Palace: Arroyo ready to face graft raps


Posted at Jun 26 2010 10:06 AM | Updated as of Jun 26 2010 06:06 PM

MANILA, Philippines - Palace officials are calling on various groups that have threatened to file graft and corruption complaints against President Gloria Macapagal Arroyo to follow due process.

Executive Secretary Leandro Mendoza said on Friday they already expect the filing of these cases, and that they are ready "to address this challenge."

Under a democracy, Mendoza said it was the right of citizens to file complaints even against the President.

Deputy presidential spokesperson Charito Planas said these complaints should be backed by strong evidence.

Mrs. Arroyo steps down from the presidency noon of June 30, when she will also lose her immunity from suit.

She is expected to easily defeat the filing of corruption complaints since the Ombudsman is a close ally and all of the members of the Supreme Court are her appointees.

New commission on reforms

President-elect Benigno "Noynoy" Aquino III said Thursday he asked Vice-President Jejomar Binay to lead a new government office that will institute judicial reform and investigate corruption scandals linked to Mrs. Arroyo.

Aquino said Binay's experience as a human rights lawyer under the Marcos regime makes him a perfect fit for the new government body that he will form after June 30.

"Well, he is a lawyer and there are cases that we need to tackle and investigations to pursue that will bring closure...on all of the issues that are pending. He will be the one who will lead that," he told reporters at the Manila Hotel.

"I don't want to sound like a broken record but our conviction rate right now is very low, 18%. No big fish. The bigger the fish, the harder it is to even investigate. O, [hopefully] he [Binay] comes in and he manages to prove and send to jail those proven guilty," he added.

Binay was a member of the Movement of Attorneys for Brotherhood, Integrity and Nationalism Inc. (MABINI), a group of lawyers who helped human rights victims during the Marcos administration.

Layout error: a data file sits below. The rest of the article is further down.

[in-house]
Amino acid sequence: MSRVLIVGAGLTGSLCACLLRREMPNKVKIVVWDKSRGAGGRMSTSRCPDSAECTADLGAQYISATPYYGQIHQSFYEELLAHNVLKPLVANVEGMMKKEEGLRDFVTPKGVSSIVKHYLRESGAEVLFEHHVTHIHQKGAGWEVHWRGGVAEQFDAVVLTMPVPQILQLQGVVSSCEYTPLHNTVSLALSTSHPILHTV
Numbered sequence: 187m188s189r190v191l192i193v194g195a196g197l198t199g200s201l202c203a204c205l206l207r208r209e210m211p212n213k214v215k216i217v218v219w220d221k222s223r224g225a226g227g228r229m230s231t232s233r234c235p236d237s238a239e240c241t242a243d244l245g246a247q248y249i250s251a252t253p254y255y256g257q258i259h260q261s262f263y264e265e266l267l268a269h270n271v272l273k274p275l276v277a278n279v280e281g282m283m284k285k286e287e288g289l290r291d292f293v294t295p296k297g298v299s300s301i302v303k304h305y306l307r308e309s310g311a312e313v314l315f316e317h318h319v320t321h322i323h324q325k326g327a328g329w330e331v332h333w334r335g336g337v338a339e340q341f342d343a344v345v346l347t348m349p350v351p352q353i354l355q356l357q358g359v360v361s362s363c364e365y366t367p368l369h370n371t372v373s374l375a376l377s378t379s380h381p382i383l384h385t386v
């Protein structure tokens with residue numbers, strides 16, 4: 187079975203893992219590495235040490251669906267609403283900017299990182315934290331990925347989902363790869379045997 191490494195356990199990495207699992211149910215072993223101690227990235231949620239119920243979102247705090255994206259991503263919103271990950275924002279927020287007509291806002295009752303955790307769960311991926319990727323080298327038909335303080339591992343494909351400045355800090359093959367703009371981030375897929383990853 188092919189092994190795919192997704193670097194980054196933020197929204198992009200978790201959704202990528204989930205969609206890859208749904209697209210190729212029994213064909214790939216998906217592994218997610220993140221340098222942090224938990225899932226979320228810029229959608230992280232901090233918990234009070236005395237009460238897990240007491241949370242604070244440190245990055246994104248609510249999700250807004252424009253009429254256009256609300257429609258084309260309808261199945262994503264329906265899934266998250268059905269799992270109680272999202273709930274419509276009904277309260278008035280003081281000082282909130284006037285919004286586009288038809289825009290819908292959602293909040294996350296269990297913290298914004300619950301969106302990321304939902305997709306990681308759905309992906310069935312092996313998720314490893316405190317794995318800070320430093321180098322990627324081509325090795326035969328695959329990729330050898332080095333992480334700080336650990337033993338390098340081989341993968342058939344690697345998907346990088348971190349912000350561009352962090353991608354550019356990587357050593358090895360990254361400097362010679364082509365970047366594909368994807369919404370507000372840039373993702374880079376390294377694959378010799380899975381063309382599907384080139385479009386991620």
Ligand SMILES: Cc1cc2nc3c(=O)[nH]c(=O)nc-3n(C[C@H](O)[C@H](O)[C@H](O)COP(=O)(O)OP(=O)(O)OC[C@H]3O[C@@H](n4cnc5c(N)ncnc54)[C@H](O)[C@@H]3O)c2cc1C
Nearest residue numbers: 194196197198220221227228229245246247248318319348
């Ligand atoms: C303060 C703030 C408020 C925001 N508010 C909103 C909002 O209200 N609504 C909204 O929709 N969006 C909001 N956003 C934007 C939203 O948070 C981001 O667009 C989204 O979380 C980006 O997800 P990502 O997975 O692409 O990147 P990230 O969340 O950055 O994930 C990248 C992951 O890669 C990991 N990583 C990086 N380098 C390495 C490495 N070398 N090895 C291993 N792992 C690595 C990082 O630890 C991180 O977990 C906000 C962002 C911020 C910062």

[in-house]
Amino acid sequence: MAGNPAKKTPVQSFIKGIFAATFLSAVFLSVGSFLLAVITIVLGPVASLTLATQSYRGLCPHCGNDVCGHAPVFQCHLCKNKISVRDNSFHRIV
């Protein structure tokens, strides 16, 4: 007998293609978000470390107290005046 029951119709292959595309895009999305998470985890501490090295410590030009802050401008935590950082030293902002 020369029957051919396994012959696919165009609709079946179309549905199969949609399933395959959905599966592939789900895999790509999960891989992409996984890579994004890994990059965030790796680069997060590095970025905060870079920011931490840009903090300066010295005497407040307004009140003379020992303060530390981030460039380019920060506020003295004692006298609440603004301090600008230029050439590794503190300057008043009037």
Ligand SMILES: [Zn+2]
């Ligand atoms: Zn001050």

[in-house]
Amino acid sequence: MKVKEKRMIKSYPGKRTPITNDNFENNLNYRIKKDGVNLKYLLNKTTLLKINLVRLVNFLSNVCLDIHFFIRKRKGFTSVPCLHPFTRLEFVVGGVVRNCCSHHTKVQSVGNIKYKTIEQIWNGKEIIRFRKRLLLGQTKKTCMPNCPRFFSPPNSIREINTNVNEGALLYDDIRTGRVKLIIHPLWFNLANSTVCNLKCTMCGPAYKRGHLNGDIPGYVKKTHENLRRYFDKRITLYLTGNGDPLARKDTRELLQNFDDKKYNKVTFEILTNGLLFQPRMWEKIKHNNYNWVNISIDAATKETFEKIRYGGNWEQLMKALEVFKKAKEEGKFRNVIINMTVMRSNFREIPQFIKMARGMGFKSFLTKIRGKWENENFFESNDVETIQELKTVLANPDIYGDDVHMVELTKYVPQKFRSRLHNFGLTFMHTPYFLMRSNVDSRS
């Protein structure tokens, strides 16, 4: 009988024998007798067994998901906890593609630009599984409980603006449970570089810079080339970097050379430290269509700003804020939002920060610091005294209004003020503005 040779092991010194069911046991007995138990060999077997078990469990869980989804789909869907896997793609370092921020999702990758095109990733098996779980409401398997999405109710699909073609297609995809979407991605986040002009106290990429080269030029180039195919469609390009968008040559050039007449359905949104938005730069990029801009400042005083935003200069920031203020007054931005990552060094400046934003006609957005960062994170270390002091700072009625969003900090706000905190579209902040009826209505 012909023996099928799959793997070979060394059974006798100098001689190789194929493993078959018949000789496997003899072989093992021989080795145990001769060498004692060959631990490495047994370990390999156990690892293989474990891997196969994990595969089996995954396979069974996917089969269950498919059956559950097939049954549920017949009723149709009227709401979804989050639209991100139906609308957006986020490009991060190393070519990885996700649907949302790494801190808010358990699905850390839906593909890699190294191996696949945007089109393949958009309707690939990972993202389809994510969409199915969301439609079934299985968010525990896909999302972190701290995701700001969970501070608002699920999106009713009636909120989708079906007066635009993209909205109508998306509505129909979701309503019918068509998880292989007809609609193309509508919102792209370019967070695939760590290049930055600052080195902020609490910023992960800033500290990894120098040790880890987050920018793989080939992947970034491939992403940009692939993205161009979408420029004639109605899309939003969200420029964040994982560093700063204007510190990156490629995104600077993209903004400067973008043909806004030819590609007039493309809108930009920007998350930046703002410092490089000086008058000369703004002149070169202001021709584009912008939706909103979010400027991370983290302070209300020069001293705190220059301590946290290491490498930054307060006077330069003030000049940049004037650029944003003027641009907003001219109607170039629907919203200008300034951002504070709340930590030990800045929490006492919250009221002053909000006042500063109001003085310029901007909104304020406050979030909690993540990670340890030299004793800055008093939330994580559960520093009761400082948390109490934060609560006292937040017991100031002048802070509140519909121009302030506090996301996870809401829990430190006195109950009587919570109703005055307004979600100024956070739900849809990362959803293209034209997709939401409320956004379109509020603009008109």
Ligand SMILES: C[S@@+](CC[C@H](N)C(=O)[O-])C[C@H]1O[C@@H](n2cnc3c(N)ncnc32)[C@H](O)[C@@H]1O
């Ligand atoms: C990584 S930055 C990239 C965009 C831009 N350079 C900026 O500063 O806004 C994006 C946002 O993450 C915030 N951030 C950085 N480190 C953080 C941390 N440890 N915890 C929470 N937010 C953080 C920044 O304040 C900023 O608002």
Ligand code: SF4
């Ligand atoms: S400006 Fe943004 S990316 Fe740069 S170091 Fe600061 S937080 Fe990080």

Binay turns down post

However, on Friday, Binay reiterated that he will not accept any Cabinet post for now since it would only cause problems for the president-elect. He added that he wanted to work full-time as vice-president.

"Kahit isandaang beses pa, sasabihin ko sa inyo, gusto ko na lang manungkulan. Huwag na natin pahirapan ang pangulo sa paghahanap ng pwesto ko," he said.

He also clarified that his refusal to handle the commission that would investigate Arroyo does not mean that he is afraid of the outgoing president. He said the position was one of 4 offered to him by President-elect Aquino, all of which he refused.

Jail corrupt officials

Meanwhile, a leading campaigner urged the Philippines to jail corrupt officials and seize their assets to show it is serious about taking on the endemic corruption that has hobbled its development and investment,
Aquino should set up an independent anti-corruption body, and public attitudes to those convicted of crimes had to change, Transparency International's co-founder Michael Hershman told a Makati Business Club forum on Friday.
"There is a need to go after those who have robbed and stolen from this country," the former soldier said, pointing to studies showing 20% of the government's budget is lost to corruption.
"They must be held accountable, and this time it has to be done for real. They must go to jail if found guilty of corruption and their assets must be seized and returned to the public treasury."

Transparency and Accountability Network (TAN), a local non-government organization, had also urged Aquino to establish an independent commission that will pursue corruption cases.

RP ranks 139th in index

The Philippines is ranked 139th out of 180 countries on Transparency International's corruption perception index, 28 places behind Indonesia and the lowest of the major Southeast Asian nations.
Concerns about endemic corruption and weak institutions have seen foreign investment in the Philippines lag its neighbours.
Aquino's clean image and the trust Filipinos have in his family's name was a factor in his big win in the May election, with the public looking for change after two administrations beset by allegations of corruption. - with reports from Willard Cheng, ABS-CBN News; Manny Mogato, Reuters